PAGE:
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Title: Local radiative feedbacks over the Arctic based on observed short-term climate variations

Abstract

We compare various radiative feedbacks in response to short-term climate variations estimated from reanalysis, satellite, and global climate model datasets using the combined Kernel-Gregory approach over the Arctic (60-90°N). Except for the shortwave cloud feedback, all feedbacks are positive over the Arctic. Lapse rate feedback is comparable with surface albedo feedback. Relative to the tropics (30°S-30°N), the temperature feedback (lapse rate feedback plus Planck feedback deviation from its global mean) is the largest contributor to Arctic amplification among all feedbacks, followed by surface albedo feedback. The choice of meteorological fields has a small impact on the cloud feedback estimate, but different top-of-the-atmosphere clear-sky fluxes datasets can result in a wide spread of estimated cloud feedbacks. The net cloud feedback over the Arctic is positive due to a larger positive in longwave than the negative shortwave feedback, but has the largest uncertainty. Relative to the tropics, the longwave cloud feedback largely contributes to the Arctic amplification.

Authors:
 [1]; ORCiD logo [2];  [3];  [4];  [5]; ORCiD logo [2]; ORCiD logo [2];  [2]
  1. UNIVERSITY PROGRAMS
  2. BATTELLE (PACIFIC NW LAB)
  3. University of Washington
  4. National Center for Atmospheric Research
  5. Nanjing University
Publication Date:
Research Org.:
Pacific Northwest National Lab. (PNNL), Richland, WA (United States)
Sponsoring Org.:
USDOE
OSTI Identifier:
1578082
Report Number(s):
PNNL-SA-132384
DOE Contract Number:  
AC05-76RL01830
Resource Type:
Journal Article
Journal Name:
Geophysical Research Letters
Additional Journal Information:
Journal Volume: 45; Journal Issue: 11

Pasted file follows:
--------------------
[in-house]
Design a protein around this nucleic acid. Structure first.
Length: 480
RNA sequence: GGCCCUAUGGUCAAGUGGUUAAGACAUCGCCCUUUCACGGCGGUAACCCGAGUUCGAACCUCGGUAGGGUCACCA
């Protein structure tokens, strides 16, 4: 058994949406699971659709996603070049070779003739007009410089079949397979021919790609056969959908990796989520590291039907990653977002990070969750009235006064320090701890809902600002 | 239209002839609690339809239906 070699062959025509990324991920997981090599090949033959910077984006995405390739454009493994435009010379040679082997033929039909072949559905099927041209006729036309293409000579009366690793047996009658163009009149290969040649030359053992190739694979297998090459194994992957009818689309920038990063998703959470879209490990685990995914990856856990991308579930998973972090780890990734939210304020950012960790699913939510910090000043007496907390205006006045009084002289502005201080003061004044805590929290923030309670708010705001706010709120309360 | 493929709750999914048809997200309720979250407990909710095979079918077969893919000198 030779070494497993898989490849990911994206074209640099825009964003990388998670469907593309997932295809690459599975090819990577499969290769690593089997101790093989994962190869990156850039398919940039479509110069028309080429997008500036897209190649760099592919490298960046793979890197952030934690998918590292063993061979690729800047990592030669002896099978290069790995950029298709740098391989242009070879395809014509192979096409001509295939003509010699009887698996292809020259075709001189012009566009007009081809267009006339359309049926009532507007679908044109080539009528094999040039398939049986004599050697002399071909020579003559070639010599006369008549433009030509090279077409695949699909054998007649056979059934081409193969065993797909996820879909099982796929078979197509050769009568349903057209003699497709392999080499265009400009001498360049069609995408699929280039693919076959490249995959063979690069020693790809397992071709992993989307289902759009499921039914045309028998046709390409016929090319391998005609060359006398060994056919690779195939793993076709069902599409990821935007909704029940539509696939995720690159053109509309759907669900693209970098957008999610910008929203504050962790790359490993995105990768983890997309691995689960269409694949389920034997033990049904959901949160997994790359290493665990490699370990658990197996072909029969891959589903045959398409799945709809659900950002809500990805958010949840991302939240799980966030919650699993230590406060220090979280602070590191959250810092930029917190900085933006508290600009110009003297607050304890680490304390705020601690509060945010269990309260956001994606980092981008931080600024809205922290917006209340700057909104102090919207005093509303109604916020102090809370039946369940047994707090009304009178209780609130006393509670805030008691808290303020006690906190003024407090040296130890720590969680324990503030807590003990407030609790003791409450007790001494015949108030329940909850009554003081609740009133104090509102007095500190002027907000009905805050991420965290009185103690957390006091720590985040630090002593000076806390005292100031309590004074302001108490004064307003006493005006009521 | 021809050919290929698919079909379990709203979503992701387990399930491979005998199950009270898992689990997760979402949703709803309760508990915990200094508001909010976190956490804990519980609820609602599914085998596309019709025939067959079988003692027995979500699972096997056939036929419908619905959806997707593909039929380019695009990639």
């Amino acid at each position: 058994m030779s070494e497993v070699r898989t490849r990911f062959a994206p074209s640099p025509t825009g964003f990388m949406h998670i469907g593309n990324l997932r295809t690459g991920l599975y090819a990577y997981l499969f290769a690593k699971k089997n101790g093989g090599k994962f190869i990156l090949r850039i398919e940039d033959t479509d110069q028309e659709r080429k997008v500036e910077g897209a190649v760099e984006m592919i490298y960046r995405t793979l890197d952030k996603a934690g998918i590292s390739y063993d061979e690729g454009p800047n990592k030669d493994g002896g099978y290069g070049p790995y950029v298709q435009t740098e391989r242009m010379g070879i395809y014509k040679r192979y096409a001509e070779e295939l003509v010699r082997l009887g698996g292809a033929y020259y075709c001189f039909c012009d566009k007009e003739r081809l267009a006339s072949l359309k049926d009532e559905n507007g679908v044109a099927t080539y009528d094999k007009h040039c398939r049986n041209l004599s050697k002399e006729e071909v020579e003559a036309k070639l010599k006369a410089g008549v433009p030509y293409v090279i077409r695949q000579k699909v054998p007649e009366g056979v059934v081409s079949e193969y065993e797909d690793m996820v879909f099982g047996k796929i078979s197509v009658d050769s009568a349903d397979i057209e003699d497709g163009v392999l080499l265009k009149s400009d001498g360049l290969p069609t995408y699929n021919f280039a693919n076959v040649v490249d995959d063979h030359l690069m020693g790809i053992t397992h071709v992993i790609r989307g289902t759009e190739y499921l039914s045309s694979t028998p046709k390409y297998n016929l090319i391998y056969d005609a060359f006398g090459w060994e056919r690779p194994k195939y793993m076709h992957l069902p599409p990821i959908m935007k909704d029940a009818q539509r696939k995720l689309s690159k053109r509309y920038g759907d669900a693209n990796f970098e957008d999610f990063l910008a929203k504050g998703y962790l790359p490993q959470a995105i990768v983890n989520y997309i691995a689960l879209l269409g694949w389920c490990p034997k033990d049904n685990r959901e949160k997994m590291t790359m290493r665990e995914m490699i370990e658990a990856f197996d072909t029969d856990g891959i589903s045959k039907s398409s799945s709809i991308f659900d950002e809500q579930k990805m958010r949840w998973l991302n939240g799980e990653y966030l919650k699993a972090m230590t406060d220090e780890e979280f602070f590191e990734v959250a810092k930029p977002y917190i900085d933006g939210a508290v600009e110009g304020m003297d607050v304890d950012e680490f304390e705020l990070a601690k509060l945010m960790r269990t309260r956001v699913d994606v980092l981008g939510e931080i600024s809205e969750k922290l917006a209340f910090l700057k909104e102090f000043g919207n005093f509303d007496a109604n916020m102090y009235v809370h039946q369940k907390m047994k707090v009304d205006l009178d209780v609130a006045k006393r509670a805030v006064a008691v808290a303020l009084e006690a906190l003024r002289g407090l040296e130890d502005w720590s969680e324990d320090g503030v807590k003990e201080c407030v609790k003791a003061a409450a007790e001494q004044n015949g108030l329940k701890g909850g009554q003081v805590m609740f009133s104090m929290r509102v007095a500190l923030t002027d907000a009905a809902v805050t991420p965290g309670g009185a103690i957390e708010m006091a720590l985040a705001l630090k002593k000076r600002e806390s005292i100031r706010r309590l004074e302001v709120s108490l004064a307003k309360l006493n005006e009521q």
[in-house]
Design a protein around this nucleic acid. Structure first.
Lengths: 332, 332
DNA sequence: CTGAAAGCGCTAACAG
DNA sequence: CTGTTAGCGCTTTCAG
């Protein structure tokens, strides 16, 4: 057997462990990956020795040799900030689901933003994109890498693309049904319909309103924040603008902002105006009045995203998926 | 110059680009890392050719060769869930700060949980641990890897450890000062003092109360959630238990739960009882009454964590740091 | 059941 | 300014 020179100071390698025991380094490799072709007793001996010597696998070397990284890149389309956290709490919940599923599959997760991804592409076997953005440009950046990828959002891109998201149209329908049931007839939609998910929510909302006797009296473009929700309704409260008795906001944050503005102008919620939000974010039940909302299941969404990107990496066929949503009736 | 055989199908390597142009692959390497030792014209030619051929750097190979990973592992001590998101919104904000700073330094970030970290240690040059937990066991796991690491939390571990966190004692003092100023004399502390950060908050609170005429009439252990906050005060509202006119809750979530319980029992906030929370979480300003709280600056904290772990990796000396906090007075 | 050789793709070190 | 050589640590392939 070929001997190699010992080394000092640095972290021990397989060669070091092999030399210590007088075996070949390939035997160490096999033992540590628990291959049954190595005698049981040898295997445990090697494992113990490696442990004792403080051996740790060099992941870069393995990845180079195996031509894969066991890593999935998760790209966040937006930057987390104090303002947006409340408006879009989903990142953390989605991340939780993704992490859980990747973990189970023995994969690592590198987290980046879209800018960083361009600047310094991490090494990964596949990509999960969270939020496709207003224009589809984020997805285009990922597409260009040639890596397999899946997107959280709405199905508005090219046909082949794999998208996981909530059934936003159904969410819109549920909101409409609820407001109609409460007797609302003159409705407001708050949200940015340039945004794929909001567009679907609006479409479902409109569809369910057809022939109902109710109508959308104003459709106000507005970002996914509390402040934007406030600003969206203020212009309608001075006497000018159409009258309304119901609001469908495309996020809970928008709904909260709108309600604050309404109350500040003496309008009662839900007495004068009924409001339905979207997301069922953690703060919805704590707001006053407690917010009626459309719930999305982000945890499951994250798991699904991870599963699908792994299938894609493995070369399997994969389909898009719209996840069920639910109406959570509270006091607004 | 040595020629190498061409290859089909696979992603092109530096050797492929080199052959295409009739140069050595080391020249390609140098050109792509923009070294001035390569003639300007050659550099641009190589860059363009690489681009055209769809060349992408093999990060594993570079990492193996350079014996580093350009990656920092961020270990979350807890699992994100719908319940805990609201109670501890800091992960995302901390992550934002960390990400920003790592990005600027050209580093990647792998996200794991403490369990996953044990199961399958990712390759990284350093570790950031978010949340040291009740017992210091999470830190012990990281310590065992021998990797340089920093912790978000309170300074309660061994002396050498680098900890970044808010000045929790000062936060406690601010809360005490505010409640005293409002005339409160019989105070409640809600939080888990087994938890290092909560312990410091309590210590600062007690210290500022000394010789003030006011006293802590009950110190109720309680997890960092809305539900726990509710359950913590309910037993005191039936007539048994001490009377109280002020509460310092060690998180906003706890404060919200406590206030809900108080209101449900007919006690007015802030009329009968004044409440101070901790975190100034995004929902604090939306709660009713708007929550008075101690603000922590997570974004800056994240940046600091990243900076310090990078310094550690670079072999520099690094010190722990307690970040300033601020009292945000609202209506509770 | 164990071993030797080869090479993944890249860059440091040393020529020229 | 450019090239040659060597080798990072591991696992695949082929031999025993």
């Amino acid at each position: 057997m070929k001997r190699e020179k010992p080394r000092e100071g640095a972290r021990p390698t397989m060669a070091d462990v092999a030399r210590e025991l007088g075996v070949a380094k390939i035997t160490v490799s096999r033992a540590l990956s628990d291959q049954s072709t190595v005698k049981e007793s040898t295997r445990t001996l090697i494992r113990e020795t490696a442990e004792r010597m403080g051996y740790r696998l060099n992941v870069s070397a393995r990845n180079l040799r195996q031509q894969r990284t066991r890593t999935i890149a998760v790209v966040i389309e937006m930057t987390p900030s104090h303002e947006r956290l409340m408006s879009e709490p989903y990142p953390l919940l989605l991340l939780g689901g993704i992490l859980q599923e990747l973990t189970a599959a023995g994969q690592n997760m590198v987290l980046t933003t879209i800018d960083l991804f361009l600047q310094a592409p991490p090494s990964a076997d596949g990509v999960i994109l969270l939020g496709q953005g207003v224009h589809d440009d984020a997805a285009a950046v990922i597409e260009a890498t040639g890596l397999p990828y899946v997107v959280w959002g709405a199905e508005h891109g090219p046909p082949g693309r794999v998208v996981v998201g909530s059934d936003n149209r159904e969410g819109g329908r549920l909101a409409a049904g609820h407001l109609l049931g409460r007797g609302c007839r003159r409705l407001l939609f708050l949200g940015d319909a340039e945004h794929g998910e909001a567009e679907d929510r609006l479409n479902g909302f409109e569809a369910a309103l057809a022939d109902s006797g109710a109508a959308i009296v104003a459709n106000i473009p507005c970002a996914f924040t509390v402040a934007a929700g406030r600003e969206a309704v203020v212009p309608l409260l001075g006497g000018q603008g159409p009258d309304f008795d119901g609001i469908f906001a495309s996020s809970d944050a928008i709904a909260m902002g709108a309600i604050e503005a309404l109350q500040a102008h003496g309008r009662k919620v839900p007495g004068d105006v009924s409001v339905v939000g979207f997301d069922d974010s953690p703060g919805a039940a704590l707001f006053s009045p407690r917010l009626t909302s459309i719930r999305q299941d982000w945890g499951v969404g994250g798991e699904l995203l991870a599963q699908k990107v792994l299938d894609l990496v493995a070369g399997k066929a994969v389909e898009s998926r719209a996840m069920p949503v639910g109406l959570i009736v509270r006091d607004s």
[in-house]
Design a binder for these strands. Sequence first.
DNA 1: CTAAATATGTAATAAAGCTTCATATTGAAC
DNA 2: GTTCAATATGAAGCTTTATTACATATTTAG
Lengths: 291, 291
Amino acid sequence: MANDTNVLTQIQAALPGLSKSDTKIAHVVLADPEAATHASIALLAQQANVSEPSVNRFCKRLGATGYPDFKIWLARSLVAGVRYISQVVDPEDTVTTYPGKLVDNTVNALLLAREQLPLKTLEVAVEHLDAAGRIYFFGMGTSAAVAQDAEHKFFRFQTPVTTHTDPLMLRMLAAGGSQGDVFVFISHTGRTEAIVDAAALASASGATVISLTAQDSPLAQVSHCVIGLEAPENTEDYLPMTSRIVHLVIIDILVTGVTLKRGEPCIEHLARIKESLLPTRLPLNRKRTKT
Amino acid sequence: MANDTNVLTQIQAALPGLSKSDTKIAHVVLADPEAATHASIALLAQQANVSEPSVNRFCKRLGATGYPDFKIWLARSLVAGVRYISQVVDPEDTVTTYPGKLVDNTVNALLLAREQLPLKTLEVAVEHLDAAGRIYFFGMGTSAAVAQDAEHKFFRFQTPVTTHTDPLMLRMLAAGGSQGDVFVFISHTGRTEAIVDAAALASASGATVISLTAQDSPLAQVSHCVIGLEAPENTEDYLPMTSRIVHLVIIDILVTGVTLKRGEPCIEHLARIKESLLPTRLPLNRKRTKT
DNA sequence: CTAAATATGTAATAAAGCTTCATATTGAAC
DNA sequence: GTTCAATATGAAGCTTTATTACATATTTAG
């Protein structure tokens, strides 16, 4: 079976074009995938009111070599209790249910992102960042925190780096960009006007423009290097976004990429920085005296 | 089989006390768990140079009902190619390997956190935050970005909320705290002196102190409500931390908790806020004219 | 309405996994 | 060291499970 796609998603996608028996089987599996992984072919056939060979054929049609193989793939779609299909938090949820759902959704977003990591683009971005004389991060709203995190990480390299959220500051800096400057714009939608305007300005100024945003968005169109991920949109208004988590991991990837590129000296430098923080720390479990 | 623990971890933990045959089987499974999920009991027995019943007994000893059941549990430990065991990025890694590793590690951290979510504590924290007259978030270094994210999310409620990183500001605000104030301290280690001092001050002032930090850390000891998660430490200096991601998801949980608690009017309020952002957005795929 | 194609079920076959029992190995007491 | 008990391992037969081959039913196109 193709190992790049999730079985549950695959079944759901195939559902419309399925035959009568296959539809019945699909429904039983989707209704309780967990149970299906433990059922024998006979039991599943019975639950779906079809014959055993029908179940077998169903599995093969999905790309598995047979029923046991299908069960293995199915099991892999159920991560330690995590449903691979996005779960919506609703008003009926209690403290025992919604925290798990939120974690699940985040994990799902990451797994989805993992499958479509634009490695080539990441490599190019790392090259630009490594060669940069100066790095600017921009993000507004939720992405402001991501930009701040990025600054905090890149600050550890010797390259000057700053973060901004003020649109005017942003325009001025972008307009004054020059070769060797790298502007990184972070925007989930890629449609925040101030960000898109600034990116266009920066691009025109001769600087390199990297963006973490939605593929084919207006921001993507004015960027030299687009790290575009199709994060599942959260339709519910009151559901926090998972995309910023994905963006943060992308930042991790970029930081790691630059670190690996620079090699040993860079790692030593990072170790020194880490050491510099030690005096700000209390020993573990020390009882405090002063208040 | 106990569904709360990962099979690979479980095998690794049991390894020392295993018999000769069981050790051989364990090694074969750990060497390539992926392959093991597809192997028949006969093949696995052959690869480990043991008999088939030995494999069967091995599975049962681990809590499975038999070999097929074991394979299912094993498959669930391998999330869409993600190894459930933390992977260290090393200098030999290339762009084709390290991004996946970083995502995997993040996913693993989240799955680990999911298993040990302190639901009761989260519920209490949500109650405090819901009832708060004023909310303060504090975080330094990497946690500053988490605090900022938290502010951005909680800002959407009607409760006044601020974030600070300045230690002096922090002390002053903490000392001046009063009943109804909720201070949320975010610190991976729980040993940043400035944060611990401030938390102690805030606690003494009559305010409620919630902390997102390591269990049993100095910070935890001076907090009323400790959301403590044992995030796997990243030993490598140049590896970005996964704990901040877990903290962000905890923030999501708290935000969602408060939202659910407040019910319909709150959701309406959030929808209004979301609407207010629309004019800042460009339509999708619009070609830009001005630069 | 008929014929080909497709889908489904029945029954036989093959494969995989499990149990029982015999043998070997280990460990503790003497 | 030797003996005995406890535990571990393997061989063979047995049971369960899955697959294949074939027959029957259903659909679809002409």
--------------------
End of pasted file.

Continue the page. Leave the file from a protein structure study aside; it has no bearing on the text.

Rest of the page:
Country of Publication:
United States
Language:
English

Citation Formats

Zhang, Rudong, Wang, Hailong, Fu, Qiang, Pendergrass, Angeline G., Wang, Minghuai, Yang, Yang, Ma, Po Lun, and Rasch, Philip J. Local radiative feedbacks over the Arctic based on observed short-term climate variations. United States: N. p., 2018. Web. doi:10.1029/2018GL077852.
Zhang, Rudong, Wang, Hailong, Fu, Qiang, Pendergrass, Angeline G., Wang, Minghuai, Yang, Yang, Ma, Po Lun, & Rasch, Philip J. Local radiative feedbacks over the Arctic based on observed short-term climate variations. United States. doi:10.1029/2018GL077852.
Zhang, Rudong, Wang, Hailong, Fu, Qiang, Pendergrass, Angeline G., Wang, Minghuai, Yang, Yang, Ma, Po Lun, and Rasch, Philip J. Sat . "Local radiative feedbacks over the Arctic based on observed short-term climate variations". United States. doi:10.1029/2018GL077852.
@article{osti_1578082,
title = {Local radiative feedbacks over the Arctic based on observed short-term climate variations},
author = {Zhang, Rudong and Wang, Hailong and Fu, Qiang and Pendergrass, Angeline G. and Wang, Minghuai and Yang, Yang and Ma, Po Lun and Rasch, Philip J.},
abstractNote = {We compare various radiative feedbacks in response to short-term climate variations estimated from reanalysis, satellite, and global climate model datasets using the combined Kernel-Gregory approach over the Arctic (60-90°N). Except for the shortwave cloud feedback, all feedbacks are positive over the Arctic. Lapse rate feedback is comparable with surface albedo feedback. Relative to the tropics (30°S-30°N), the temperature feedback (lapse rate feedback plus Planck feedback deviation from its global mean) is the largest contributor to Arctic amplification among all feedbacks, followed by surface albedo feedback. The choice of meteorological fields has a small impact on the cloud feedback estimate, but different top-of-the-atmosphere clear-sky fluxes datasets can result in a wide spread of estimated cloud feedbacks. The net cloud feedback over the Arctic is positive due to a larger positive in longwave than the negative shortwave feedback, but has the largest uncertainty. Relative to the tropics, the longwave cloud feedback largely contributes to the Arctic amplification.},
doi = {10.1029/2018GL077852},
journal = {Geophysical Research Letters},
number = 11,
volume = 45,
place = {United States},
year = {2018},
month = {6}
}

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